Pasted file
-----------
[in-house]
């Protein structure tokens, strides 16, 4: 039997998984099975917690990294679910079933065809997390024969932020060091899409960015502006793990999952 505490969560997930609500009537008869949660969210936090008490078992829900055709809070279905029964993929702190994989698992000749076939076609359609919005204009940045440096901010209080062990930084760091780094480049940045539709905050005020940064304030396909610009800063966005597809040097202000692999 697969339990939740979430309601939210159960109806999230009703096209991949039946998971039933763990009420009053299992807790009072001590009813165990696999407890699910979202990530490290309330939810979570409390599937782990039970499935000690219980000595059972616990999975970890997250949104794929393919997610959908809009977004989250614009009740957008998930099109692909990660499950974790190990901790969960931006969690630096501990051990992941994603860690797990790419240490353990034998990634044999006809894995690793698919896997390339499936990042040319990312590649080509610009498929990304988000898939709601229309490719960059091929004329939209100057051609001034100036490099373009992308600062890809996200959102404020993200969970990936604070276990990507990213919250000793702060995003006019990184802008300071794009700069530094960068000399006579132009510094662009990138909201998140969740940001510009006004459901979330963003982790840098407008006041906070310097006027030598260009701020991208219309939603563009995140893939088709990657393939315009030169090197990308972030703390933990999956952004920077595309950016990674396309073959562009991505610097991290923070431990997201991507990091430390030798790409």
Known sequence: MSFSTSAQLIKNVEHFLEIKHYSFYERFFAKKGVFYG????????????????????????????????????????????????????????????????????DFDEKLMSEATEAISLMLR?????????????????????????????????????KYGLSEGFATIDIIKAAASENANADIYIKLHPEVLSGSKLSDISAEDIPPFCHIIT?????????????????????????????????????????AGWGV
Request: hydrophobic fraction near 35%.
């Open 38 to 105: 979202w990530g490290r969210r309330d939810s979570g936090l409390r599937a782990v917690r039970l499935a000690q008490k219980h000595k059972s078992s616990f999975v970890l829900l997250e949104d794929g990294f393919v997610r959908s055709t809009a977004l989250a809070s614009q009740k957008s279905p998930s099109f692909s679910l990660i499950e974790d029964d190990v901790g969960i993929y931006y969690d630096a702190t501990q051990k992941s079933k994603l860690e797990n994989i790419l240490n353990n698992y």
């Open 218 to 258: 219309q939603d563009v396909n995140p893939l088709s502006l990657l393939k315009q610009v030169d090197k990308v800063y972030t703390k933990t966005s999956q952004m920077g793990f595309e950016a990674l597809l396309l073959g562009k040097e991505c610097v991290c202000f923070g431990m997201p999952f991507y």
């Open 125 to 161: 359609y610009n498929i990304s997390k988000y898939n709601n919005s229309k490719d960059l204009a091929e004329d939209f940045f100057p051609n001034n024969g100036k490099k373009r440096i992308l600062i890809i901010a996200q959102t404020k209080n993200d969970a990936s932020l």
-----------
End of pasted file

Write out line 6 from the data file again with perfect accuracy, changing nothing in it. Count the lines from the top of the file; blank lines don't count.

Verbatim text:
């Open 218 to 258: 219309q939603d563009v396909n995140p893939l088709s502006l990657l393939k315009q610009v030169d090197k990308v800063y972030t703390k933990t966005s999956q952004m920077g793990f595309e950016a990674l597809l396309l073959g562009k040097e991505c610097v991290c202000f923070g431990m997201p999952f991507y």